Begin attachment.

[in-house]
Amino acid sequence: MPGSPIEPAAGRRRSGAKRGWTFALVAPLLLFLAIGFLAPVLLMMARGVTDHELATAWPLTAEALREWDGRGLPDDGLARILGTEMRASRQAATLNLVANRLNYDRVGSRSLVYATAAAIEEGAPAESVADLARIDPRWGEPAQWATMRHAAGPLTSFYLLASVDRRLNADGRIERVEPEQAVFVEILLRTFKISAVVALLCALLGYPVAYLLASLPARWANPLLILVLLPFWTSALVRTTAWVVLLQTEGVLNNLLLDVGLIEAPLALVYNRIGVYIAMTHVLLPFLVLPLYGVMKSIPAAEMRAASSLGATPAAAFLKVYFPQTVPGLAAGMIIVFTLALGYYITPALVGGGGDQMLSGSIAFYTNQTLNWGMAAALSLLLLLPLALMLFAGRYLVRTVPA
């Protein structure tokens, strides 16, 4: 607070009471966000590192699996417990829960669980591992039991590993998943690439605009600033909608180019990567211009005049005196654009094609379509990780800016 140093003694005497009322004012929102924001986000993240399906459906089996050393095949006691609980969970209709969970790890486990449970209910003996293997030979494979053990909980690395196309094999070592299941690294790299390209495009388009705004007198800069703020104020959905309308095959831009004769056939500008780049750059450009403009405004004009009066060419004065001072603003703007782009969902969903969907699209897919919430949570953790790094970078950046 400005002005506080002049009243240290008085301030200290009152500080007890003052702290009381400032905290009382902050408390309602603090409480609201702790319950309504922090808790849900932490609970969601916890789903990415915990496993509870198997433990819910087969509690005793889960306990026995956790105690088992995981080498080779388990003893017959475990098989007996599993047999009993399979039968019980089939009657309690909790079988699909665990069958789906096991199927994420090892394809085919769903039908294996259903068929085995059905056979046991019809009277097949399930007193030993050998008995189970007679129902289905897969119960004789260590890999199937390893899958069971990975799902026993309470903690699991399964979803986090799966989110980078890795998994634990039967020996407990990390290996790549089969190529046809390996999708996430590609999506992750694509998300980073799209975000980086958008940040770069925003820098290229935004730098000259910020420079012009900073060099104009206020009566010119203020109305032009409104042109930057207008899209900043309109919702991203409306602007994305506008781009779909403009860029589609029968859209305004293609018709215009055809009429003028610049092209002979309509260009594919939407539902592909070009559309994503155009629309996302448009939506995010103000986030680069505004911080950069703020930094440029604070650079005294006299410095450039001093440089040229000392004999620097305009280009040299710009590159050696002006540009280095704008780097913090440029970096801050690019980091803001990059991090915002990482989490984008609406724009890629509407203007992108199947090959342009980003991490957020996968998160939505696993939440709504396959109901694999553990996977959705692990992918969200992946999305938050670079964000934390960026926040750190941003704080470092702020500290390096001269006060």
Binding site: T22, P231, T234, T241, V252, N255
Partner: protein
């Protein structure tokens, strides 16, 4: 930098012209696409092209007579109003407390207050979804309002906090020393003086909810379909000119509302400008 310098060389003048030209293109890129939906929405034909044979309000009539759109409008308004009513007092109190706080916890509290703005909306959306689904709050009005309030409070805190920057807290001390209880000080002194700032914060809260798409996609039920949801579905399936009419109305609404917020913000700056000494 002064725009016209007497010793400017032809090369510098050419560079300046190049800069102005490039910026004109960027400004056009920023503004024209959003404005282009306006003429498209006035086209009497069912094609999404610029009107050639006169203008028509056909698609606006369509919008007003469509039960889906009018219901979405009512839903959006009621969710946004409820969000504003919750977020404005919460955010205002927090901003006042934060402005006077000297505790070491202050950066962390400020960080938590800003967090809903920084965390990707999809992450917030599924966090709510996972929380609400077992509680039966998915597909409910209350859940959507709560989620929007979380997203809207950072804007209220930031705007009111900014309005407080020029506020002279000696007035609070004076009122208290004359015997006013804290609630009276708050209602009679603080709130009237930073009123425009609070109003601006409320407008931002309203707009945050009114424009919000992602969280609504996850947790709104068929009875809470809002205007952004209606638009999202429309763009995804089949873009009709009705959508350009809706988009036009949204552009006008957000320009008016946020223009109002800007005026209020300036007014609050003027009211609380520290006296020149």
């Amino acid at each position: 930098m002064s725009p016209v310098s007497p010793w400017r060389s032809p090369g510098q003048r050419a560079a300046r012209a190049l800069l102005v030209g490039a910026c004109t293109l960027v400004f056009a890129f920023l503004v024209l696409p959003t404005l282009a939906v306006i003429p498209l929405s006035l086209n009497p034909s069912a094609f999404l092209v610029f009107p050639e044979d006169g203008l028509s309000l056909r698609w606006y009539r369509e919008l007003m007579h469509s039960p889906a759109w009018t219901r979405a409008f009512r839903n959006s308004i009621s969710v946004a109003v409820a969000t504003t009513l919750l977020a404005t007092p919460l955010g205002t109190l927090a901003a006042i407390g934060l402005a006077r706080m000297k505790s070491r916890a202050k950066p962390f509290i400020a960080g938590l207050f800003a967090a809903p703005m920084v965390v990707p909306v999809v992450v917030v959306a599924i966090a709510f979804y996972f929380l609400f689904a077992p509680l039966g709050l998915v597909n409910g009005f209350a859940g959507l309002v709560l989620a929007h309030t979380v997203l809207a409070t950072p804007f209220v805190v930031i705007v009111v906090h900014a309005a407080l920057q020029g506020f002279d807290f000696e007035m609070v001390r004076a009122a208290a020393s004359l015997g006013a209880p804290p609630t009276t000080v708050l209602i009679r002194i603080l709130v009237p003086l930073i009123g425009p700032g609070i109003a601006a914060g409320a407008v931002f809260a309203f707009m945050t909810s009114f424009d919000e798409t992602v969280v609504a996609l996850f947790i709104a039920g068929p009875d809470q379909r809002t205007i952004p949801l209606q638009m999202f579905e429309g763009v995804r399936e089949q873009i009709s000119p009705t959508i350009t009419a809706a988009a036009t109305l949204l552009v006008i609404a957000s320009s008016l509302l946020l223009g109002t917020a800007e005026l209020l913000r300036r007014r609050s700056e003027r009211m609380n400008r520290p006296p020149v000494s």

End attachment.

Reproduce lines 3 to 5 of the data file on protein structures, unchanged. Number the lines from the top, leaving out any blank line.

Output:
């Protein structure tokens, strides 16, 4: 607070009471966000590192699996417990829960669980591992039991590993998943690439605009600033909608180019990567211009005049005196654009094609379509990780800016 140093003694005497009322004012929102924001986000993240399906459906089996050393095949006691609980969970209709969970790890486990449970209910003996293997030979494979053990909980690395196309094999070592299941690294790299390209495009388009705004007198800069703020104020959905309308095959831009004769056939500008780049750059450009403009405004004009009066060419004065001072603003703007782009969902969903969907699209897919919430949570953790790094970078950046 400005002005506080002049009243240290008085301030200290009152500080007890003052702290009381400032905290009382902050408390309602603090409480609201702790319950309504922090808790849900932490609970969601916890789903990415915990496993509870198997433990819910087969509690005793889960306990026995956790105690088992995981080498080779388990003893017959475990098989007996599993047999009993399979039968019980089939009657309690909790079988699909665990069958789906096991199927994420090892394809085919769903039908294996259903068929085995059905056979046991019809009277097949399930007193030993050998008995189970007679129902289905897969119960004789260590890999199937390893899958069971990975799902026993309470903690699991399964979803986090799966989110980078890795998994634990039967020996407990990390290996790549089969190529046809390996999708996430590609999506992750694509998300980073799209975000980086958008940040770069925003820098290229935004730098000259910020420079012009900073060099104009206020009566010119203020109305032009409104042109930057207008899209900043309109919702991203409306602007994305506008781009779909403009860029589609029968859209305004293609018709215009055809009429003028610049092209002979309509260009594919939407539902592909070009559309994503155009629309996302448009939506995010103000986030680069505004911080950069703020930094440029604070650079005294006299410095450039001093440089040229000392004999620097305009280009040299710009590159050696002006540009280095704008780097913090440029970096801050690019980091803001990059991090915002990482989490984008609406724009890629509407203007992108199947090959342009980003991490957020996968998160939505696993939440709504396959109901694999553990996977959705692990992918969200992946999305938050670079964000934390960026926040750190941003704080470092702020500290390096001269006060």
Binding site: T22, P231, T234, T241, V252, N255
Partner: protein